The Netherlands is a charming country with many charming sights. Here are the main cities that you can not miss.
Amsterdam is the famous capital of the Netherlands. You may have seen a lot of bike photos against the background of the famous canals there, right? It is one of the most popular tourist destinations in the world!
The city breathes architecture, history, nature, flowers and art. In addition, it is well known for the ducts and canals that cut through the city streets. The most widely used means of transport by the population and tourists is undoubtedly the bicycle.
One of Holland’s most famous attractions is boating through the capital’s more than 160 canals, built under 1,250 bridges connecting the streets. In addition, another way to get to know the canals is by bike, pedaling and enjoying the landscape, which forms angles of incredible beauty. Be sure to enjoy the lovely sunset in this place.
Know, then, what to do in Amsterdam:
- Anne Frank House;
- Van Gogh Museum;
- Dam Square and Royal Palace;
- Begijnhof square;
- Oude Kerk Church;
- Red Light District;
- Rijksmuseum museum;
- Prinsengracht (great point for shopping);
- Waterlooplein flea market;
- Ajax football club stadium.
The Hague is considered the seat of the Dutch government. Similarly, the city is home to most royals – hence its nickname Royal City.
There are several museums, parks, palaces and monuments among the districts of The Hague. Discover the main sights of this charming city:
- Binnenhof, the seat of the government of the Netherlands;
- Mauritshuis Museum;
- Dutch Parliament;
- Noordeinde Palace;
- Peace Palace;
- Scheveningen Beach;
- Madurodam Park;
- photo galleries Het Mauritshuis.
Maastricht is the capital of the province of Limburg. It is located in the south and borders Belgium. The city is considered one of the oldest sites in the country, having been reported to have been inhabited since the dawn by the Romans.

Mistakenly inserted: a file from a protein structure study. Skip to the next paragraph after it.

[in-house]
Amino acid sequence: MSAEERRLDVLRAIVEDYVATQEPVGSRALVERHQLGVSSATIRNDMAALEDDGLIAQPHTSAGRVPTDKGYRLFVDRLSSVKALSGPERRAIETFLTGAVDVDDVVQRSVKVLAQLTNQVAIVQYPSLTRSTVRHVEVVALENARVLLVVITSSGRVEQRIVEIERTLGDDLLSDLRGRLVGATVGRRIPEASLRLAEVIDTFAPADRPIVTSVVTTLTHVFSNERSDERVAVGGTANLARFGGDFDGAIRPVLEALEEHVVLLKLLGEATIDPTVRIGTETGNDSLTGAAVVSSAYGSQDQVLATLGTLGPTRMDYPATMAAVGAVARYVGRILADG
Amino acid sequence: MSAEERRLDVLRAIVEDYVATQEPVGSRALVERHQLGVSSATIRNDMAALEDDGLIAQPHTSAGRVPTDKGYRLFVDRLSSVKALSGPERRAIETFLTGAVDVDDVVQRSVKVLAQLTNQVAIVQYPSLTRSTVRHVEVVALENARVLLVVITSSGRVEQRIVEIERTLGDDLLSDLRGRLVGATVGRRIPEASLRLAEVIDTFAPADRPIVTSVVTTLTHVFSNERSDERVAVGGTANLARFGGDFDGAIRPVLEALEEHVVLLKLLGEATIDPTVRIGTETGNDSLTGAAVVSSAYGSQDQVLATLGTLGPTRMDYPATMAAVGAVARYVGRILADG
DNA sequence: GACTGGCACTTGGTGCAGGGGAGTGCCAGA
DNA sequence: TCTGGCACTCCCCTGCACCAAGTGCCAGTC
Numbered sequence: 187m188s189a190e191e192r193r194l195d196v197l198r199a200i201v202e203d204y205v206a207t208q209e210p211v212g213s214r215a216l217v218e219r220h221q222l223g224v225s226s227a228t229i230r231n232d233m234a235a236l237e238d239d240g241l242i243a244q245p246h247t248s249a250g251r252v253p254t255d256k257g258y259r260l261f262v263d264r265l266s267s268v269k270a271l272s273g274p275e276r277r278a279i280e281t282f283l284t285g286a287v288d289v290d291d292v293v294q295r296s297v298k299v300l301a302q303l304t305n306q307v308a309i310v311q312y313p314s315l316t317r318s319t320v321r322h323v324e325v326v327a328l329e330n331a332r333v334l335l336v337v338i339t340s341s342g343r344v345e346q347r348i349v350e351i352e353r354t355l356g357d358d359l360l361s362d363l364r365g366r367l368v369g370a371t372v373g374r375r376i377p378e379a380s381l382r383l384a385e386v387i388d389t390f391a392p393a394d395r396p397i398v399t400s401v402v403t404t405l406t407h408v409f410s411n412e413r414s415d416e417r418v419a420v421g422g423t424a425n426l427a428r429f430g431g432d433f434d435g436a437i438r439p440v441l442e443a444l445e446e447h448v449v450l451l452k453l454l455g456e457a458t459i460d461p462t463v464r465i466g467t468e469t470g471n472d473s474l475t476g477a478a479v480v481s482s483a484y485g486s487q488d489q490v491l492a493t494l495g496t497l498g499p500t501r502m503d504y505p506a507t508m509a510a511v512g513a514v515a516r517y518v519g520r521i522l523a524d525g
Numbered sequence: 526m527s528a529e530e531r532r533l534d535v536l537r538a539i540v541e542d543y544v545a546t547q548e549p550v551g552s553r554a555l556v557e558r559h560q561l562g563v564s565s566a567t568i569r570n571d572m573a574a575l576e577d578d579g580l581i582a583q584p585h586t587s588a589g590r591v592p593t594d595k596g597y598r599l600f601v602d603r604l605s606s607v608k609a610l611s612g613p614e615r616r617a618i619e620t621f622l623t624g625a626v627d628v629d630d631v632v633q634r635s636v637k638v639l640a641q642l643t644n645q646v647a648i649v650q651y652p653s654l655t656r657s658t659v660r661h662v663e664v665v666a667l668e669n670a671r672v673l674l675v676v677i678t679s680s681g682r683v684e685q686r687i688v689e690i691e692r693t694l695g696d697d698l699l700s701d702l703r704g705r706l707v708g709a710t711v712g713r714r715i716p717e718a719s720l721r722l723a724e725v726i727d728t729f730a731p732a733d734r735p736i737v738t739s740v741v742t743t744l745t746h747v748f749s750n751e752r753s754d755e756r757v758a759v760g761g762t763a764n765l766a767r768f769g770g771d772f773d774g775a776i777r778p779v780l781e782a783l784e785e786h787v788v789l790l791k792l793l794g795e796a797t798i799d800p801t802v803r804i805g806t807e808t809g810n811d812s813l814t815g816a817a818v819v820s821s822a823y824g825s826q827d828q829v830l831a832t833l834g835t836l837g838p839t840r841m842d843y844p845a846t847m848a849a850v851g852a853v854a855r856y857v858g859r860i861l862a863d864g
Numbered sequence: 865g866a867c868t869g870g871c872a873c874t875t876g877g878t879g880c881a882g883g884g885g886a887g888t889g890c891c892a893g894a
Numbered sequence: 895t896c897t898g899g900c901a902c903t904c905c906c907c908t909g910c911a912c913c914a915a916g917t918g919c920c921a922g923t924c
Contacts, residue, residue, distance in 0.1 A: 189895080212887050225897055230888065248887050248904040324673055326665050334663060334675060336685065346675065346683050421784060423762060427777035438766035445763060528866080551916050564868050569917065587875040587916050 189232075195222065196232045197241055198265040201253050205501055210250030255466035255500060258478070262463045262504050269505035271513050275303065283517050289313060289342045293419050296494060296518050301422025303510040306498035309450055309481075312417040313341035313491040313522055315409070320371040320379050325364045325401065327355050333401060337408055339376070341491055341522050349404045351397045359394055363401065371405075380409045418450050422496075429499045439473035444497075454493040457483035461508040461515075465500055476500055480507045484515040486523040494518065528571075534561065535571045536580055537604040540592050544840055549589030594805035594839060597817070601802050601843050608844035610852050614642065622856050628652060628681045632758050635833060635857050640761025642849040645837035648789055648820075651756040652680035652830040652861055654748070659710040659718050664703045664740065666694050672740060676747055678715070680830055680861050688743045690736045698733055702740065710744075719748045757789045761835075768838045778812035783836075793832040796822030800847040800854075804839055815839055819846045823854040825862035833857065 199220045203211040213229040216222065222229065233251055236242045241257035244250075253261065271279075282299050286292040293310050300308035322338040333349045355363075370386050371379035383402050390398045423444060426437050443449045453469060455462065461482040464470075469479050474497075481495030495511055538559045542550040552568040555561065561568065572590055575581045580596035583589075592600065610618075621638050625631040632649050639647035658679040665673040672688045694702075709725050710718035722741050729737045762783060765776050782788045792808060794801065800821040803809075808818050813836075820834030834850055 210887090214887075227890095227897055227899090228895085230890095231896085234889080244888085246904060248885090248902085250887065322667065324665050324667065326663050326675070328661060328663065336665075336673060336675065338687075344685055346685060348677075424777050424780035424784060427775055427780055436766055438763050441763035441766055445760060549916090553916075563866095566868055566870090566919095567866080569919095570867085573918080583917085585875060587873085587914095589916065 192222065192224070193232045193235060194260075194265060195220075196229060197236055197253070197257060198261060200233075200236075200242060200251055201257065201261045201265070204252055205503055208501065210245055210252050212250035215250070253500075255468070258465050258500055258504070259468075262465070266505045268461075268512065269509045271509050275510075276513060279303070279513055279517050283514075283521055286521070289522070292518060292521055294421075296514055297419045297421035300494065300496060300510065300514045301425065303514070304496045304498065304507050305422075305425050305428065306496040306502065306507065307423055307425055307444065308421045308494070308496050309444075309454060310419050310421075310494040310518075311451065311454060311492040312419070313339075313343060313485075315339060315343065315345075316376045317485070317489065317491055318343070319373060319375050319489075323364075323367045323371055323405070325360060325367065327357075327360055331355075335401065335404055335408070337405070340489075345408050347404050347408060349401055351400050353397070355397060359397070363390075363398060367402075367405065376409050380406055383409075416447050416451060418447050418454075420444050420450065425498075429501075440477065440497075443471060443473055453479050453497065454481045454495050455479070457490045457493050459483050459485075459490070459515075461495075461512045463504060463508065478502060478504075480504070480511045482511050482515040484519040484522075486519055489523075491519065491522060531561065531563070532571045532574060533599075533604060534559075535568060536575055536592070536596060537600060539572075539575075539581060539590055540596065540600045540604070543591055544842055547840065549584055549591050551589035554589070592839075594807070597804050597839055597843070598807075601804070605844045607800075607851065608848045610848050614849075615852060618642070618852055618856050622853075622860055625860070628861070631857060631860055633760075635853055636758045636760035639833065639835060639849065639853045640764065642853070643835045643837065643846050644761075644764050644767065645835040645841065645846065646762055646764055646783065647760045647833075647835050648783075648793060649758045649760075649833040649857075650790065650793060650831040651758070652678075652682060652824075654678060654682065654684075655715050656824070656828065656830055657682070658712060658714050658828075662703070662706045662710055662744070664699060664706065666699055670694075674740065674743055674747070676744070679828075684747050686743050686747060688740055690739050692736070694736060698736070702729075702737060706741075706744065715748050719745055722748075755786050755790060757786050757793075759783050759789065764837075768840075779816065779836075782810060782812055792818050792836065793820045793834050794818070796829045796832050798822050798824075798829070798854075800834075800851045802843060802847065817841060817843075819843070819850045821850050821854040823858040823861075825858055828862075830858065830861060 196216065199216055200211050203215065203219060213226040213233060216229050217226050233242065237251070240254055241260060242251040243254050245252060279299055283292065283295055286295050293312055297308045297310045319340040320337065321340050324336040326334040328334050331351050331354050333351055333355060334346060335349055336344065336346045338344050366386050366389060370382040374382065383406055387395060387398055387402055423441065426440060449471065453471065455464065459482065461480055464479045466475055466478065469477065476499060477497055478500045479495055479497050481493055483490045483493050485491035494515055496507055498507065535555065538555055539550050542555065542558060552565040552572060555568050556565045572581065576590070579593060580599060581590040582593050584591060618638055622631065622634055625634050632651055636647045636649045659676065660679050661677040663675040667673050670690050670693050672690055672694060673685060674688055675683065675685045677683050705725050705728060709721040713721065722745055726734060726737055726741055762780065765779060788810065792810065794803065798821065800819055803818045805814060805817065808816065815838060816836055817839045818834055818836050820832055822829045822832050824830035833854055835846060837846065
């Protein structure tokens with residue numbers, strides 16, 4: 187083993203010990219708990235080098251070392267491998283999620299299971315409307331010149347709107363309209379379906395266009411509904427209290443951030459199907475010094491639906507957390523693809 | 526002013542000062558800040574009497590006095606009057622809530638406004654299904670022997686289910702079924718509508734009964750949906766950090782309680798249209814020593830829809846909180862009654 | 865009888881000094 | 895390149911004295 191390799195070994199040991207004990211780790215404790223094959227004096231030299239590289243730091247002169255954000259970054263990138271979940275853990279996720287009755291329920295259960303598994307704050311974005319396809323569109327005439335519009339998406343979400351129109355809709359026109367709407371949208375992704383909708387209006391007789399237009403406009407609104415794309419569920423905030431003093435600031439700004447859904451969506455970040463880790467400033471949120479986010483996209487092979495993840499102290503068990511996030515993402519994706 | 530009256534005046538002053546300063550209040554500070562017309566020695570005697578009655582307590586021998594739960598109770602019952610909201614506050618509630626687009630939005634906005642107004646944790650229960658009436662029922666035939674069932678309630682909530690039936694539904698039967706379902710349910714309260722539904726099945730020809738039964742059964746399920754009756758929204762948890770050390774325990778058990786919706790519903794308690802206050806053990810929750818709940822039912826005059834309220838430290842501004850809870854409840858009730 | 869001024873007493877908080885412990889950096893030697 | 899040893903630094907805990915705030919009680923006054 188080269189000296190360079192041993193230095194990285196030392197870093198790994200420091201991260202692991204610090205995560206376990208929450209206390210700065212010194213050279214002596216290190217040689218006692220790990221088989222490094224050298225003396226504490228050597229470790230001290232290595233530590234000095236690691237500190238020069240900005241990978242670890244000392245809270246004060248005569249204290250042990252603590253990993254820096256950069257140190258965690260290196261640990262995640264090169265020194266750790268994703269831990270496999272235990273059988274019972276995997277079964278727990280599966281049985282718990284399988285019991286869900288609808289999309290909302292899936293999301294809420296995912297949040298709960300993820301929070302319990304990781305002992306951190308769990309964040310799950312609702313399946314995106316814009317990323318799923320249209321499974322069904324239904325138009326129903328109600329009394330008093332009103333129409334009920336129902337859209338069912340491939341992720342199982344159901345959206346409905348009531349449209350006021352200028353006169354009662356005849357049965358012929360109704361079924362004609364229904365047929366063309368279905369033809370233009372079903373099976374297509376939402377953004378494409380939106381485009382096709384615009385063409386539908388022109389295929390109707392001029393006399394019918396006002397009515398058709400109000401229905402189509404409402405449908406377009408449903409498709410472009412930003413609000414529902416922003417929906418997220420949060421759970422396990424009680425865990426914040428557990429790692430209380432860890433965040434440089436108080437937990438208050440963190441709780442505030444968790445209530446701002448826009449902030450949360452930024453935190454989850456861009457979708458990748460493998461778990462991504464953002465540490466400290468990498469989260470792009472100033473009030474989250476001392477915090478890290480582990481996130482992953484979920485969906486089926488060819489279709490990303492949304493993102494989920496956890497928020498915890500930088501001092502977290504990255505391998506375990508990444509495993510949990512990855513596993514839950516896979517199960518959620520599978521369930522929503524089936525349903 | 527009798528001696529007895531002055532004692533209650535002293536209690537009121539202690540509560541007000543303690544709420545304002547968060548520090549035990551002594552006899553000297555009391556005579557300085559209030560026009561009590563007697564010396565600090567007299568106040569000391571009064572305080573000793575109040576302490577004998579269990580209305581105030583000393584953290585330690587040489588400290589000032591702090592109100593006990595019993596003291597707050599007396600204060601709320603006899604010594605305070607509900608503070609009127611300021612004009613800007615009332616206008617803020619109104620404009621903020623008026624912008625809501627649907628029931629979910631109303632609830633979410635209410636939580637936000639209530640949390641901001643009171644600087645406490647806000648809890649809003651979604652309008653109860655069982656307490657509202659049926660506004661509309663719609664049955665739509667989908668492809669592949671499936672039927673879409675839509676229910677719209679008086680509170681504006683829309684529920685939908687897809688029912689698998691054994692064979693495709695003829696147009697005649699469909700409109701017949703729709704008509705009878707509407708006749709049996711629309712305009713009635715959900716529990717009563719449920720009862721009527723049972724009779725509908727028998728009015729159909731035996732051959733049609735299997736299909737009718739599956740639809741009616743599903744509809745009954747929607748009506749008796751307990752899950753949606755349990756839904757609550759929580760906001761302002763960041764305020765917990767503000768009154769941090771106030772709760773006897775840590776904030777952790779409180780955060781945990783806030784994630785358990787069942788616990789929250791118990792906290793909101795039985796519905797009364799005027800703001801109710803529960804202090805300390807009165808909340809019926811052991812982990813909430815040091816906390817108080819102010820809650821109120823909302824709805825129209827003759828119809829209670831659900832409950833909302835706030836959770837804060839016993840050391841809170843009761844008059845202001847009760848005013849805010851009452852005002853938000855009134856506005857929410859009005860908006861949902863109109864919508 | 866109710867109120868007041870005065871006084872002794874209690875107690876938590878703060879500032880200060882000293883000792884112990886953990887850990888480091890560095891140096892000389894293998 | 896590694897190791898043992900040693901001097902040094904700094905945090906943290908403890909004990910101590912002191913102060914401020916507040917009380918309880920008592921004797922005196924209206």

Its cultural and historical heritage has remained largely preserved, and today much of the city’s past can be explored through museum exhibits and visits to ancient churches. It is currently a predominantly university city.
The city of Maastricht receives many tourists each year, who come to the Armed Forces Cemetery to honor the more than 8,000 US soldiers who were killed during World War II and buried there.
See the main sights of Maastricht:
- Romanesque Basilica of St. Servatius (Sint-Servaas Basiliek);
- The Bisschopsmolen Mill;
- Basilica of Our Dear Lady (Basiliek van Onze Lieve Vrouwe);
- Blanche Dael Maison;
- Vrijthof Square (and its bohemian life);
- St. John’s Church (Sint-Janskerk);
- Boekhandel Dominicanen bookstore;
- St. Petersburg Fortress (Fort Sint-Pieter).
Rotterdam is famous for its infrastructure when it comes to maritime trade. The city is home to the largest port in all of Europe. What was just a fishing village has become one of the main European centers.
Despite being destroyed by a series of bombings during World War II, the region has been rebuilt and today is an example of development and overcoming.
The city boasts imposing buildings, modern buildings blended with incredible architecture of historic neighborhoods that seem to have emerged from the Middle Ages and still portray the history of an ancient Holland.
Discover the main sights of Rotterdam:
- Cube Houses;
- Erasmusbrug (Erasmus bridge);
- Euromast observation tower (with a height of 96m, from which you have a panoramic view of the city);
- port of Rotterdam;
- Kubuswoningen (Cube Houses);
- Centraal Station (Rotterdam Central Train Station);
- Boijmans van Beuningen Museum (contains masterpieces by famous artists such as Dalí, Van Gogh, Bosch and Rembrandt);
- Markthal Rotterdam (City Municipal Market);
- Wereldmuseum Museum (founded in 1883);
- Old Harbor (first port of the city that is currently disabled, serving only for tourism).
Delft is situated between two other important cities: The Hague and Rotterdam. It is a region famous for producing and exporting Delftware ceramics and hand-painted blue and white porcelain since the 16th century. It is undoubtedly one of the most charming regions of the Netherlands.
Local architecture blends development with a rustic, picturesque and medieval tone. In fact, Delft covers a little bit of every part of the Netherlands: canals that run through the streets, windmills, typical architecture, historic center and a very welcoming people.
The main attractions are as follows:
- Nieuwe Kerk, or New Church (the tourist can climb the 376 steps leading up to the tower);
- Het Prinsenhof Museum;
- Oostpoort Bridge;
- Molen de Roos (maize mill whose construction dates from 1679);
- Botanical Garden;